The threads drifted like spider silk or split strands of hair, its usefulness already cast aside – except to those like him that found, in them, another role to play. He picked a random one and strung it snugly on his bow.
The string trembled. The song hummed on his lips and finger pads and he picked up his violin. Its strings were already set; he only tucked its head beneath his chin and drew the bow across.
They sung him a song of a drowned little boy on the riverfront.
Flowers wilted even as she looked at them, but she picked a live bouquet anyway. Plastic roses for a funeral seemed inappropriate but a far more bearable symbol. Children were meant to outlive their parents. The little boy running through the house and upon the patio should have lasted forever - but, instead, he'd faded like a watercolour painting left to the rain, and the rain she wandered into now was the rain that had washed him away.
The florist had bagged the bouquet but that didn't spare a grieving mother the downpour, nor did it offer to carry the weight she held. And why would it? She glared when cold fire surged up, but the water dampened it quickly enough.
And her tears failed to move the sky who wailed independent of those it poured grief to.
It was a joyous, ignorant tune soured by a brief tragic note, and then there was only the plopping of raindrops in an ungratifying close. He freed the string from the bow and rolled it into a neat little ball to join others, like trophies, in his violin case.
His book was there as well, and a fountain pen and some tags. He numbered the ball before scribing its music, in full, as the echoes faded from the room. A brief, tragic tune it might have been, but one never knew when it would come in need and so he kept them all, meticulously drawn.
He plucked another thread from the air and strung it. This one cried: first with horror, then shock and undiluted grief.
The violinist chose too fitting a song for the funeral. Like the flowers the guests had brought: a vast array, but the colours had already begun to fade and blend with the rain. Tears ran too and the rain continued as though it were blind to the weight and deaf to the song. But for the grieving mother, the song was a tune her own heart played, and it stayed even as the rain drowned the after-song.
The violinist stepped off the podium and met her. She only stared. There were no words that could bear that heart song: the grief and pain and what the rain had hollowed out.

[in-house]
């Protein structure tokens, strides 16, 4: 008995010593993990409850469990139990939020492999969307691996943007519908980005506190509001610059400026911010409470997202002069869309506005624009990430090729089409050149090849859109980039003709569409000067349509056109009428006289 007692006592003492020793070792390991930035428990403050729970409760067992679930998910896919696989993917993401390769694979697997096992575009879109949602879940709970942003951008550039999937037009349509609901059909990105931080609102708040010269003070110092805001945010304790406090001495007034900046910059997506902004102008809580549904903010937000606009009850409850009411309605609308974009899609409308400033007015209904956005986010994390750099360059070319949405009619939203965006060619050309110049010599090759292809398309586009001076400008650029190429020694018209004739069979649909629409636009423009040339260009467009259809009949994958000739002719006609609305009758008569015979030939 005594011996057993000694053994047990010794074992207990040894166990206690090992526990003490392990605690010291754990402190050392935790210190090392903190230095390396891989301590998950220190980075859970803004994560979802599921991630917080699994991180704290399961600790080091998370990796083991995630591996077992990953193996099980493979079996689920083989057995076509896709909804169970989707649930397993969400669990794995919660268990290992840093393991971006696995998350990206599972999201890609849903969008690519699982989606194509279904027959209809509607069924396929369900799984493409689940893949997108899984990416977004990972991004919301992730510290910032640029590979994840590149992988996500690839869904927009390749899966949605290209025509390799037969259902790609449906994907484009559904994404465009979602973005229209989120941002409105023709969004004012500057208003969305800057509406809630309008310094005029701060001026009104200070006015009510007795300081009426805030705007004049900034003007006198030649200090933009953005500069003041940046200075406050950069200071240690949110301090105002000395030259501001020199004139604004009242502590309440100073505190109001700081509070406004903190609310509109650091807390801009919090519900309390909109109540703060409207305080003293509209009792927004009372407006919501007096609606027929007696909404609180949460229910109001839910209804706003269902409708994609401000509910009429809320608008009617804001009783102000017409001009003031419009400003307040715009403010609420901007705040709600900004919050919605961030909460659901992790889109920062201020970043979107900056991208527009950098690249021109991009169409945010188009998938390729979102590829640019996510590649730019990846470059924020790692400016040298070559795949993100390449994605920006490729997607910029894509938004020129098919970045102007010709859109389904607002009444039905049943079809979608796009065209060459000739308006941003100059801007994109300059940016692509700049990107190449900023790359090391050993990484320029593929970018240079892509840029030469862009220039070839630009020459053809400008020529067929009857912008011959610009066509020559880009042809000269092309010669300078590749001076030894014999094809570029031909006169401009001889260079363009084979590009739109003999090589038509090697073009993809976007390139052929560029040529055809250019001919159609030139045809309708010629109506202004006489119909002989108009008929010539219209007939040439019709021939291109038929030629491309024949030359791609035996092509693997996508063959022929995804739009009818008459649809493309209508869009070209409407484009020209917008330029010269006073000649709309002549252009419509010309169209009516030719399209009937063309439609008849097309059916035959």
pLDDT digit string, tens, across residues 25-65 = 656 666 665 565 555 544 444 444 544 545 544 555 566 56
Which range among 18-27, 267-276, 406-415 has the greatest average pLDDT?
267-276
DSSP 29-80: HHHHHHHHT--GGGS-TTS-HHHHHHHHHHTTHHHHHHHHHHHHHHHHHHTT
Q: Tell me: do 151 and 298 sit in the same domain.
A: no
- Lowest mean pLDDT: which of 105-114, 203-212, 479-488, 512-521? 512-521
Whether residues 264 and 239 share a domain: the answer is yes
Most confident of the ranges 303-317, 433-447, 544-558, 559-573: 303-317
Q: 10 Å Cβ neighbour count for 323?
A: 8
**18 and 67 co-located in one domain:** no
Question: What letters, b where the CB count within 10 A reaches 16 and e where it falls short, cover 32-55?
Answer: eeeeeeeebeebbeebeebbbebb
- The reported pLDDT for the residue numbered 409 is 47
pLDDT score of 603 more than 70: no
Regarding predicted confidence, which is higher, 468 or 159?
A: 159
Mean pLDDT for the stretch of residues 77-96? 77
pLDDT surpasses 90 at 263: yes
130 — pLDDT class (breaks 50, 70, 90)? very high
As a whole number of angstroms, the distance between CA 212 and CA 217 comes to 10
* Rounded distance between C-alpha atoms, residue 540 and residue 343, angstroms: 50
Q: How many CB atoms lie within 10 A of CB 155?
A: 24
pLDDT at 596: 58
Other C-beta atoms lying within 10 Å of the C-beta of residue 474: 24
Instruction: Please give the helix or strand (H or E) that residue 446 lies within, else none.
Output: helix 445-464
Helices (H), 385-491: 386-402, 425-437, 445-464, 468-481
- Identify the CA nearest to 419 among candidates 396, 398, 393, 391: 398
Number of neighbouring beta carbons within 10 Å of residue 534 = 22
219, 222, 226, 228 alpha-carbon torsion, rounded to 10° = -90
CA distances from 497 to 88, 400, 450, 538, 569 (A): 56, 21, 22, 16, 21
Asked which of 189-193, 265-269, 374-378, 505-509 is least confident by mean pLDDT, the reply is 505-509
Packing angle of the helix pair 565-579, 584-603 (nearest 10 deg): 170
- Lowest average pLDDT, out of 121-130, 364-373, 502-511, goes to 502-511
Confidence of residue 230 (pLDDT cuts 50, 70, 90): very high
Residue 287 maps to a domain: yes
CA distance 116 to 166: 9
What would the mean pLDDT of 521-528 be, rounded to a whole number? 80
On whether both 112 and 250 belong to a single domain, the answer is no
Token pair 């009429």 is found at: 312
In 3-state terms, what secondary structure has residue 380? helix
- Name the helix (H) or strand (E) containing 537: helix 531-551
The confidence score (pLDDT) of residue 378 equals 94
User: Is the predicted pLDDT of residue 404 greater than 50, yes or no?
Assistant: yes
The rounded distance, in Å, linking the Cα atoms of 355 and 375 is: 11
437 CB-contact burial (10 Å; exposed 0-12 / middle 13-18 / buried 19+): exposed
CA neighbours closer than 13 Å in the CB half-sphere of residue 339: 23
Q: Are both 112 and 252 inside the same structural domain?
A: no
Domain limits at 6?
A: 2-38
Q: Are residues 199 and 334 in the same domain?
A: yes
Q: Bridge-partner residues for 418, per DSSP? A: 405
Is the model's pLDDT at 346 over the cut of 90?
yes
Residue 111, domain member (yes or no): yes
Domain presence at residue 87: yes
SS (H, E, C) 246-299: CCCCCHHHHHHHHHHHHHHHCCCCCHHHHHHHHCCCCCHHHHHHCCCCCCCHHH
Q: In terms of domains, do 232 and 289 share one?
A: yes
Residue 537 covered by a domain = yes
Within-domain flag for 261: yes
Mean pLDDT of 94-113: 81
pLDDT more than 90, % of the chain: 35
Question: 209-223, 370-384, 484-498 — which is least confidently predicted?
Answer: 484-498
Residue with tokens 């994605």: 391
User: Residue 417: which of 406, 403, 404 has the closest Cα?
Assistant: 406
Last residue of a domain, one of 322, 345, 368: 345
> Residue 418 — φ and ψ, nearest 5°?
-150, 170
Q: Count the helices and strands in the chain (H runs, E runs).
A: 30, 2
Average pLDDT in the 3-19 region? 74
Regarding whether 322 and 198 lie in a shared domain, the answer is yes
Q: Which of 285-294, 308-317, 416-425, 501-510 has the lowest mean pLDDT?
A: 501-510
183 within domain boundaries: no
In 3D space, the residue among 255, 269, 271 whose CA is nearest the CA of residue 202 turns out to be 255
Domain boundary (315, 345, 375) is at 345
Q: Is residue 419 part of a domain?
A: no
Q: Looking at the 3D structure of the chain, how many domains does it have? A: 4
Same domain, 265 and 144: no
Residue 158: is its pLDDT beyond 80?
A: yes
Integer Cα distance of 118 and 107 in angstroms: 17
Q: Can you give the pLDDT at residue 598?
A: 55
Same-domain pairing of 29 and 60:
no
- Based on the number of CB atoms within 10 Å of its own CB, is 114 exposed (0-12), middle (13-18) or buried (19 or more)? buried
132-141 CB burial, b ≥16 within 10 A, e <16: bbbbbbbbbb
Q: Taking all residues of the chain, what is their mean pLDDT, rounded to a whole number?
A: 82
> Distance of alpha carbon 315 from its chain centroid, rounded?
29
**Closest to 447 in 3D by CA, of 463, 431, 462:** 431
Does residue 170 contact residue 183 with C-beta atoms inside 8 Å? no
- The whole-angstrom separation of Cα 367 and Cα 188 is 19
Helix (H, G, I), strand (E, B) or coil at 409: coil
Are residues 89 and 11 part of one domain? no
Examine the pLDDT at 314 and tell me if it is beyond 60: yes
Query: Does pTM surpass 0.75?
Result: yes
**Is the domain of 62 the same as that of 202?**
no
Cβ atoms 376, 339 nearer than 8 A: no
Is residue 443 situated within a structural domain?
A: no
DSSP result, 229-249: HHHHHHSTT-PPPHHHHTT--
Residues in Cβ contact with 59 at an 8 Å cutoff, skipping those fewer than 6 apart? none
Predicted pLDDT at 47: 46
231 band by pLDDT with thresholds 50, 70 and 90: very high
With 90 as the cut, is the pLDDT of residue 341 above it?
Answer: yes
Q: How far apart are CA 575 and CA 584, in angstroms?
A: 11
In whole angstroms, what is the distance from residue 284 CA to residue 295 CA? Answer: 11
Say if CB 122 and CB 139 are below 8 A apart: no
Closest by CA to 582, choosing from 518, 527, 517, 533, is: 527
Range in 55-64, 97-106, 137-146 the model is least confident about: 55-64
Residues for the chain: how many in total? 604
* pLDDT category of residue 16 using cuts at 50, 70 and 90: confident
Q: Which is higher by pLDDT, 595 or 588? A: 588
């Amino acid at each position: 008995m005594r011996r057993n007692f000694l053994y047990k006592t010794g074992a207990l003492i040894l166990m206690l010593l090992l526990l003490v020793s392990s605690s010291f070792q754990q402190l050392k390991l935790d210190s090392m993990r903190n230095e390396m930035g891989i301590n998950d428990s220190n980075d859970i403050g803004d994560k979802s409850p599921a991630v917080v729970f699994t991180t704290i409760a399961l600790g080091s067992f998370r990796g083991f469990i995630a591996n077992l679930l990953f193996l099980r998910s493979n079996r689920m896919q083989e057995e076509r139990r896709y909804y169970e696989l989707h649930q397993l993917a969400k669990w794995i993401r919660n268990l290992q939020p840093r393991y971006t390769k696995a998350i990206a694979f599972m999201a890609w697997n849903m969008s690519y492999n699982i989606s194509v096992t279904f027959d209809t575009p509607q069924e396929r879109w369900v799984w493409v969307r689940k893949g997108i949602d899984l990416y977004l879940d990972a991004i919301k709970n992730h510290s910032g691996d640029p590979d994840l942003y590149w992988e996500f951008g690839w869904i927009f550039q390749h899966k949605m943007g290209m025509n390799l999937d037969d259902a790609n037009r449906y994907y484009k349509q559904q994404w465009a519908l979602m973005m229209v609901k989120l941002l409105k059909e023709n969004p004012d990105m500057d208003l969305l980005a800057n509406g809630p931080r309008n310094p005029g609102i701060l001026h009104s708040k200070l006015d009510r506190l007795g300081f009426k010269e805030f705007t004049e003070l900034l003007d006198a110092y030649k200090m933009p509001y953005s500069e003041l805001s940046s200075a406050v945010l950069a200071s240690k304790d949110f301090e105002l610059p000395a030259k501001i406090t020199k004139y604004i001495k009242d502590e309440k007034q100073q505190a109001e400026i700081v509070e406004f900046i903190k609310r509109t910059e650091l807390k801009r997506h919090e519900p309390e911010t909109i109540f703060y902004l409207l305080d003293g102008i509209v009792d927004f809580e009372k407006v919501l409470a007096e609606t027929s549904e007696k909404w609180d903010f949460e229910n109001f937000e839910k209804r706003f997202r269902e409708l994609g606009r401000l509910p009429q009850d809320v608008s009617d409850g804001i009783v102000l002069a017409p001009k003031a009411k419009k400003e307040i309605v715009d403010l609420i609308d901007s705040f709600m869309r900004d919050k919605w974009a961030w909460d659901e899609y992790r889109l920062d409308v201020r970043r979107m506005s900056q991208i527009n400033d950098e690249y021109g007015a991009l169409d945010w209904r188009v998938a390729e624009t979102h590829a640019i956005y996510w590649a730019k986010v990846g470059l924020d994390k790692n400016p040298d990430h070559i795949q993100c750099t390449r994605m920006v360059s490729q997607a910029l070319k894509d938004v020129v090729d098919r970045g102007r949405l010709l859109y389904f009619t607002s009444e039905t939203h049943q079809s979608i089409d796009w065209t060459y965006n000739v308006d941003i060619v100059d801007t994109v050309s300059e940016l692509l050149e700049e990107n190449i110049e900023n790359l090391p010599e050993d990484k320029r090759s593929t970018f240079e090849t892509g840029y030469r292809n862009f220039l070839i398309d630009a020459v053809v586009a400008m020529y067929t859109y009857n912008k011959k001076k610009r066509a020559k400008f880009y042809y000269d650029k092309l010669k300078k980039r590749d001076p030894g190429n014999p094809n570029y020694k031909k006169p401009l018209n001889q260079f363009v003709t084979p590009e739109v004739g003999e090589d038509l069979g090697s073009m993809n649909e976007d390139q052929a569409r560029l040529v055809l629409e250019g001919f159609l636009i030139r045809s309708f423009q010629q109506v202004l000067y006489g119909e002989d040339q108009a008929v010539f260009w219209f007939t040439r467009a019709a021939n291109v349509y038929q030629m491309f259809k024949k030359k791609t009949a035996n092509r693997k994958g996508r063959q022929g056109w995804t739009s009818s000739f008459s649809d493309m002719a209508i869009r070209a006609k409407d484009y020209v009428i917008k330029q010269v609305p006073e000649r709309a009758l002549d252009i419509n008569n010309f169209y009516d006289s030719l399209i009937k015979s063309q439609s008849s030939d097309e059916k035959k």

He bowed his head at her and offered sympathies far from the song he'd played. And the condolences that came after were equally imperfect. The bar had been raised too high.
"Perfect..." He heard the whispers as he slipped the crowd, and of course it was perfect. It was that woman's own song: the song of the mother who'd lost their child, who cried as the rain fell, who spluttered like the embers of a drowning flame.
It was a rare perfection. The threads existed but there were too many cast off in the world for him to play and know. They clung to his jacket now, as he moved. They clung to all the people still there, despite the rain. It covered the grass and sodden flowers and casket in a tender nest from what had once been a web - or many webs, all part of love and life.
They made a web together: the threads. Some drifted so close he could see the tendrils that spanned them, while others seemed not to touch at all. He tugged one free from his hair and strung it, and the bow trembled in his hands at the weight of a new, powerful song.
He tucked the violin under his chin and drew the bow across the strings. They sung of a crying, lonely, boy.
The tragic boy, the grieving mother - those songs had been potent but plain. This new string's tale was more subtle. Near, the source must be, because he'd picked it up between the funeral grounds and his home, but it was a dull resonance, and growing duller. A problem already resolved.
He rolled the string up and tucked it away. Not all tales were his to know and the sadder ones were all the more pleasant to pass by.
Lonely. Sad. Where had the happy children gone? He'd come upon those many songs before but now they were only ancient threads in his collection. Sadness were the only fresh ones he plucked. He ran out of new threads to play for birthdays, for weddings - only the funerals had their glove-fitting, perfect, songs.
Untuned ears heard no difference but they spoke it nonetheless; the threads were that fine. "Perfect" was saved for the funerals. "Perfect" was saved for when he plucked the thread off the black dress of the crying mother, the crying wife, the crying sister. There was an inadequacy that went unsaid when he played the old strings again and again –
And then one snapped, overused, and the others followed in a final ferocious symphony of their own.
And then he just had sad songs to play on.
The nights grew long. There was a thread-splayed ground, like snow, and he stood with bare cold feet upon it. So many threads and he picked them at random and strung his bow and listened to the melody they played with his violin strings. It was the same sadness, the same loneliness, the death and despair that choked his dancing fingers and silver tongue.
He tired after a few. He put his violin and bow down and sat, and the threads bit at his shirt and pyjama bottoms.